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Oil, like many other commodities, is seen as a good leading indicator of the economy. Because it is a strong gauge for total economic demand, it functions are a good bellwether of future growth. However, Barron’s is arguing that, right now, the signal is broken. There are a number of reasons why. The foremost of them are that the recent moves in oil have much more to do with supply growth and geopolitics than they do with economic demand.

FINSUM: Oil is not a good barometer of the economy right now because of its own issues. The oil market has changed dramatically in the last decade because of the huge expansion of oil reserves due to shale. That has led to the whole sector recalibrating itself. As evidence of this argument, take for instance the fact that oil suffered an extreme bear market from 2014-2016, but the global economy kept expanding nicely.

Tuesday, 13 November 2018 09:15

Big Downturn in Oil Coming?

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Oil is in the middle of a fit. The commodity just recently entered a bear market and it is has been swinging up and down based on confusion over whether it will be over- or undersupplied in coming years. The market is plunging today as OPEC announced yesterday that it sees a slowdown in oil demand coming as well as oversupply. According to OPEC, “The recent downward revision to the global economic growth forecast and associated uncertainties confirms the emerging pressure on oil demand observed in recent months”.

FINSUM: The oil market seems to be trying to get ahead of a recession. OPEC’s demand forecast has slumped considerably, which in our opinion is one of the major drivers of the bear market.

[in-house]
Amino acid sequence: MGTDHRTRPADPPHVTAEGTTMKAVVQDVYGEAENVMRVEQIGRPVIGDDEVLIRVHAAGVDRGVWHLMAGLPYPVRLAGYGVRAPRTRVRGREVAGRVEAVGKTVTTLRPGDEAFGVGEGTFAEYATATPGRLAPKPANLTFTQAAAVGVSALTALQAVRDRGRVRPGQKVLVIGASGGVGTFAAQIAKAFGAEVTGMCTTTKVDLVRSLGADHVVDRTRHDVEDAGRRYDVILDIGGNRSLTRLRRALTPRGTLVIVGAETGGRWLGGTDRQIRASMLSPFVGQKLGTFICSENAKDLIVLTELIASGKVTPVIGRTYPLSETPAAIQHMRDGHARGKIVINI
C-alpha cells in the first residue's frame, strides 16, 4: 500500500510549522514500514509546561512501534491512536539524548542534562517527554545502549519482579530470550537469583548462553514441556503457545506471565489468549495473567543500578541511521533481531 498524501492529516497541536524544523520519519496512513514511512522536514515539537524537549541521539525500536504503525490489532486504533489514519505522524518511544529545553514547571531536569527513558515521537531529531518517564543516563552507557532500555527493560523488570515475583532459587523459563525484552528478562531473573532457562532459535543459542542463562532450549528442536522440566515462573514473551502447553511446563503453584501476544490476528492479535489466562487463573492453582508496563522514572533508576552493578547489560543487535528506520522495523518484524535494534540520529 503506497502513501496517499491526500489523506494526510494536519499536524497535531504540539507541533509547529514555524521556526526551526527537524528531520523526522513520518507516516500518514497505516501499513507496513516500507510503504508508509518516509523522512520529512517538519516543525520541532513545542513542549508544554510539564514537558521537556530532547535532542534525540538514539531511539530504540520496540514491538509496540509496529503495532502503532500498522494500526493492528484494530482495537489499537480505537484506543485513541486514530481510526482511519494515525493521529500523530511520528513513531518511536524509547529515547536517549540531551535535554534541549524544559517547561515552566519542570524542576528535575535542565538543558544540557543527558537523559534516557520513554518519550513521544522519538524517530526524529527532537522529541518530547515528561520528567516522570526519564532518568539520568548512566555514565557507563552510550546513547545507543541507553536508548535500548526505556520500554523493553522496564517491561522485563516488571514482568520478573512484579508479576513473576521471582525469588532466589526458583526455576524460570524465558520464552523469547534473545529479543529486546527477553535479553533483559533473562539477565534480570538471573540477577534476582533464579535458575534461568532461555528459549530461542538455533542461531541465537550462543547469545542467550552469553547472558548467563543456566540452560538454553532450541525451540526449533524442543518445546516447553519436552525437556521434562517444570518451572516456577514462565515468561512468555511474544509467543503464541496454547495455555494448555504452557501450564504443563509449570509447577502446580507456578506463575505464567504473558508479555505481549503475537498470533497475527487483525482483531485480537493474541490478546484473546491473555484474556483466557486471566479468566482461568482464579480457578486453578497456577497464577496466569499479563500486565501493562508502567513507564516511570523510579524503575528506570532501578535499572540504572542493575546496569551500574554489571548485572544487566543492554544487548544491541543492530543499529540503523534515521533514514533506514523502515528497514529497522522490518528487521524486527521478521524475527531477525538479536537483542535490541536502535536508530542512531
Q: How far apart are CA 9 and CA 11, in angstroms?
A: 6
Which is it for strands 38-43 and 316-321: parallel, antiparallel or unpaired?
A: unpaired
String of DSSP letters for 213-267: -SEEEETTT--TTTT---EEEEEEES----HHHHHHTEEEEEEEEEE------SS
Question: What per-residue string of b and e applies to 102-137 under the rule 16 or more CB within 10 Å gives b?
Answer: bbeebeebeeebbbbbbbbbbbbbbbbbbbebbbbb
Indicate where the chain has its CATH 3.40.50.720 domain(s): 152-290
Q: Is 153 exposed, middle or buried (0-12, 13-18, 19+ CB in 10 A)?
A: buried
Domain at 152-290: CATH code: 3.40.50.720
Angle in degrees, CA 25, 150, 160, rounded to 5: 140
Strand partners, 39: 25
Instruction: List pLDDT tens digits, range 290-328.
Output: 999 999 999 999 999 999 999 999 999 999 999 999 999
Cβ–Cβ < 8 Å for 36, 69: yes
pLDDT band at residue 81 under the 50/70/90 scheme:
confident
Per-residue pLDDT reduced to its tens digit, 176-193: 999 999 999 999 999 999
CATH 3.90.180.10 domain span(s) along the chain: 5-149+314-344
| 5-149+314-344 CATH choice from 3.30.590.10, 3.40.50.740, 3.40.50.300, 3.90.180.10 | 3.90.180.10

Monday, 12 November 2018 12:06

Oil Surges on Output Cut Hopes

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Oil lost big time over the last few weeks and entered a bear market late last week. However, it is surging today as new hope of an OPEC output cut has come to light. Saudi Arabia, the leader of OPEC, says OPEC is willing to consider another round of output cuts as a measure to keep prices high. The last time OPEC agreed to a round of cuts, the market was pulled out of its deep bear market and more than doubled in price.

FINSUM: We used to be skeptical that OPEC could pull off a coordinated cut because of the competing interests of members. But the success it saw last time around means no one should doubt it.

Friday, 09 November 2018 10:36

Oil Plunges into Bear Market

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Oil prices have taken a nose dive lately, and yesterday officially fell into a bear market. Prices on Brent crude fell below the $70 per barrel mark for the first time since April. US crude is even lower, with prices sitting at $59 per barrel. For most of the summer the market was worried about undersupply, but the US has been more generous with sanction exemptions on Iran, and the US, Russia, and Saudi Arabia have all boosted output, alleviating fears and pushing prices lower.

FINSUM: The oil market seems to be trading based on supply and demand fundamentals—just like it should. It is very hard to predict how things will progress.